I’m surrounded by amazing neighbors. I am. The week before my vacation, our neighbor to the south, gave my husband a signed copy of the book you see on the left. I flipped through it and was immediately hooked. I was 10 the first time I heard the Ozark Mountain Daredevils. I heard them on my own, weird, little plastic, rectangular radio with the huge dial that I had in my room.
Our house was a musical one. My mom played accordian, I played violin and my brother and sister both played piano. We had one of those rad stereos mounted on the wall. You flew the front doors open and the speakers swung out to the side, then the turn table dropped down for the spinning of the vinyl. And spin some we did. On that turn table the records of Johnny Cash, Cat Stevens, Fleetwood Mac, The Mama’s & the Papa’s, Jim Croce, Elton John and the Eagles were played. The Eagles were played so much that today I can only stomach them if it’s my husband strumming their stuff on his guitar here at home.
I saw the Ozark Mountain Daredevils only once, late 80’s or early 90’s I can’t remember. They were playing at a country-type bar that was located by the Wal-Mart on South Campbell street. It was fun, it was crowded, it was a bar. I also used to frequent the River Rock where Supe & the Sandwiches played quite often. That was a fun time in my life. And after reading the book, it was a fun time for them as well.
I liked the fact that several things around our area are mentioned in the book since they spent a lot of time here. You’ll find the radio stations and personalities, the venues, the other musicians they were associated with and the places around the Ozarks familiar if you’ve lived here long. I’ve lived here my entire life. My mother-in-law is from Aldrich, MO. I showed her a photo in the book of Ruedi-Valley Ranch (where they lived in Aldrich) and asked her if she’d heard of this place. Her eyes lit up. “Why yes. My dad did a lot of work on that place. It’s probably still there. I could take you right to it, would you like to go sometime?” Heck ya.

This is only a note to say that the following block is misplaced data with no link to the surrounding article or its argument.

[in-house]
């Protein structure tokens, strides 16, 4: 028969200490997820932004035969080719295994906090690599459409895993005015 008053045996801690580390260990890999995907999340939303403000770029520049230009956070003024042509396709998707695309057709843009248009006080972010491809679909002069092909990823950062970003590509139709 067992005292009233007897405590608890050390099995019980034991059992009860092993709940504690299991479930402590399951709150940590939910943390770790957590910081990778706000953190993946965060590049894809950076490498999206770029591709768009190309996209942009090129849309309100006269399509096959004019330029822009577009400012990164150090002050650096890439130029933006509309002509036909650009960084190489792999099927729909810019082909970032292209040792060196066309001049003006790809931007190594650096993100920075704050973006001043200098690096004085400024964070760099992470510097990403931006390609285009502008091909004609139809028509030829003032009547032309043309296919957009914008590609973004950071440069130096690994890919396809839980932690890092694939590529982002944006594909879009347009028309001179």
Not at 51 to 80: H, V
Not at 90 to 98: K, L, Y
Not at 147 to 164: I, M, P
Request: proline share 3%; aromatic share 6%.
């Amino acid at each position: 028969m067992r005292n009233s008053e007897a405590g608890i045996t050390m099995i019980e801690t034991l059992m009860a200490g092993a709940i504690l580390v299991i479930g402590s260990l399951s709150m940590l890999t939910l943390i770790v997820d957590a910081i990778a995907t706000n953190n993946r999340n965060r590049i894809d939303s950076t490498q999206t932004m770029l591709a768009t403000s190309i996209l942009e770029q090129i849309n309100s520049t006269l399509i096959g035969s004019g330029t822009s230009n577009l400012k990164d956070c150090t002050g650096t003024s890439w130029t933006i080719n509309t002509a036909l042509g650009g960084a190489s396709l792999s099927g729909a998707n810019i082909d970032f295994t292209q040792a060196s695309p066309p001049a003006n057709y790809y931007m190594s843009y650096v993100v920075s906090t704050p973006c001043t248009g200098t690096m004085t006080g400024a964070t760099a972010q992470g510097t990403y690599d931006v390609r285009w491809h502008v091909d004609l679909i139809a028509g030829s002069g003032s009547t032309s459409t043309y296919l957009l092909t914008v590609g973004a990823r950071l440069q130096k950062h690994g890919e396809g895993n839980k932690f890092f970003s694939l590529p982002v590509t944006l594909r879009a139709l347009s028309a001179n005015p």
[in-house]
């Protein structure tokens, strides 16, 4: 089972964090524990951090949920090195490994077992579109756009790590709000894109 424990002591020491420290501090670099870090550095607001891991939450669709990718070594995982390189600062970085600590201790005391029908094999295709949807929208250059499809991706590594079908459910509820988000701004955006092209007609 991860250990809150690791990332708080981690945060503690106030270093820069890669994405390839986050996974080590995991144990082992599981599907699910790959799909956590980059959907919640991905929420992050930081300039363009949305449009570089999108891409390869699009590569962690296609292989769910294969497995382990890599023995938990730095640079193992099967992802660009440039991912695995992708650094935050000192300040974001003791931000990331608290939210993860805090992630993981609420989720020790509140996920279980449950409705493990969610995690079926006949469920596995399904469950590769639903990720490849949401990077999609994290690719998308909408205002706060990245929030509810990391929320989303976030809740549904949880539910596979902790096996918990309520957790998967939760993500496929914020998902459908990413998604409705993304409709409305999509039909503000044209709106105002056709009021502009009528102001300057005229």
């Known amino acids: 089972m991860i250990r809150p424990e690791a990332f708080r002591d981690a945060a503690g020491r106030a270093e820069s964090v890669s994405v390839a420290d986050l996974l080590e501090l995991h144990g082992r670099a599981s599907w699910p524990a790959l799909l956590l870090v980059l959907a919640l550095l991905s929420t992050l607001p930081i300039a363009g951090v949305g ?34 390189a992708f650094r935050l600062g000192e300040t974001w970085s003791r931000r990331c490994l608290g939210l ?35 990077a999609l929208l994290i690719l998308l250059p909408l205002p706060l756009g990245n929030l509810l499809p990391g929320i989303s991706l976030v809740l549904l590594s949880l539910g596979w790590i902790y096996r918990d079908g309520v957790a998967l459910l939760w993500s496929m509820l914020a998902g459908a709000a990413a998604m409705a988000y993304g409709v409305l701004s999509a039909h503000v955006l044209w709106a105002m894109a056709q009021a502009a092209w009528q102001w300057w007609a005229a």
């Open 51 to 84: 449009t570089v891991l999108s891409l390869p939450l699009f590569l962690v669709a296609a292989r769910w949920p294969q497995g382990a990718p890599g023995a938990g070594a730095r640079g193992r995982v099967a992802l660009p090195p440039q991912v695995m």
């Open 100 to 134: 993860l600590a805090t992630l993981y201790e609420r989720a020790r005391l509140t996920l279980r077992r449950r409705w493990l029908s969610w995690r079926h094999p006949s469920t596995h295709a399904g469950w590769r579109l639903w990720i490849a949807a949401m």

One thing I liked about the book is the easy flow, the sense of humor, the sarcasm and great detail. I also liked the way the author never bad mouths other band members, even though the reader senses some serious tension at times. The book pretty much sticks to what happened to them as a band. So if you’re looking for a lot of personal stuff you won’t find it here. There are tidbits but all in all, the story is the story of a band. If you’re interested in and not bothered by the mention of recreational drug use, this book is for you. If you’re interested in wild groupie stories and crazy rock-n-roll sexcapades, this book isn’t for you. The author does mention Connie Hamzy at one time and I think her name is misspelled in the book with an “s” instead of a “z.” The story starts in the 60’s and ends in 2004. That’s a lot of ground covered and it’s covered in great detail. I think today we tend to forget what entertainers had to do to get a gig or make a record. These days you just put yourself on youtube or audition for American Idol. Enjoy this local rock-n-roll story. It’s totally worth it.
When I arrived in Florida, book in hand, the first thing I did was walk out to the pool with my camera. My parents still have their huge Super Video sign leaning against their back garage. I had to laugh as I shot this photo. Any other day, the supe in super wouldn’t have meant so much. Thanks for a great read. The story really does shine.